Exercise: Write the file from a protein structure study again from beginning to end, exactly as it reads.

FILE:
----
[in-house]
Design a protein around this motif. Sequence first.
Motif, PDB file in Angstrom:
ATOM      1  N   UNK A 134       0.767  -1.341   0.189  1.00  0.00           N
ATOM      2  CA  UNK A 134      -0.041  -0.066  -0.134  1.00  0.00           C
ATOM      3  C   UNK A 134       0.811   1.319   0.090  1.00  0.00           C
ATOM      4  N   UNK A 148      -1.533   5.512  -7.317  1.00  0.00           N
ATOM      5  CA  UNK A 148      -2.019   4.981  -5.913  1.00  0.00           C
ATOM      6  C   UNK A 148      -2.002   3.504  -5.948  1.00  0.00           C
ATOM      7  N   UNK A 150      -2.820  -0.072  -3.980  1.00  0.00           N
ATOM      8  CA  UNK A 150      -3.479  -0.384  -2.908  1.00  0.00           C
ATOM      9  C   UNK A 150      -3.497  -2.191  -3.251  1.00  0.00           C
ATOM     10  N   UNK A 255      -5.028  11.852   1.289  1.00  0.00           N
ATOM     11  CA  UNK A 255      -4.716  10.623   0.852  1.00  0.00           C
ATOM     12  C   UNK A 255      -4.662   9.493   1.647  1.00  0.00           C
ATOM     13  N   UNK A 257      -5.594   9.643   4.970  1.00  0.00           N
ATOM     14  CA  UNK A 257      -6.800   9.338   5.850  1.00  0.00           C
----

[in-house]
Design a protein around this motif. Sequence first.
Motif, PDB file in Angstrom:
ATOM      1  N   UNK A 134       0.767  -1.341   0.189  1.00  0.00           N
ATOM      2  CA  UNK A 134      -0.041  -0.066  -0.134  1.00  0.00           C
ATOM      3  C   UNK A 134       0.811   1.319   0.090  1.00  0.00           C
ATOM      4  N   UNK A 148      -1.533   5.512  -7.317  1.00  0.00           N
ATOM      5  CA  UNK A 148      -2.019   4.981  -5.913  1.00  0.00           C
ATOM      6  C   UNK A 148      -2.002   3.504  -5.948  1.00  0.00           C
ATOM      7  N   UNK A 150      -2.820  -0.072  -3.980  1.00  0.00           N
ATOM      8  CA  UNK A 150      -3.479  -0.384  -2.908  1.00  0.00           C
ATOM      9  C   UNK A 150      -3.497  -2.191  -3.251  1.00  0.00           C
ATOM     10  N   UNK A 255      -5.028  11.852   1.289  1.00  0.00           N
ATOM     11  CA  UNK A 255      -4.716  10.623   0.852  1.00  0.00           C
ATOM     12  C   UNK A 255      -4.662   9.493   1.647  1.00  0.00           C
ATOM     13  N   UNK A 257      -5.594   9.643   4.970  1.00  0.00           N
ATOM     14  CA  UNK A 257      -6.800   9.338   5.850  1.00  0.00           C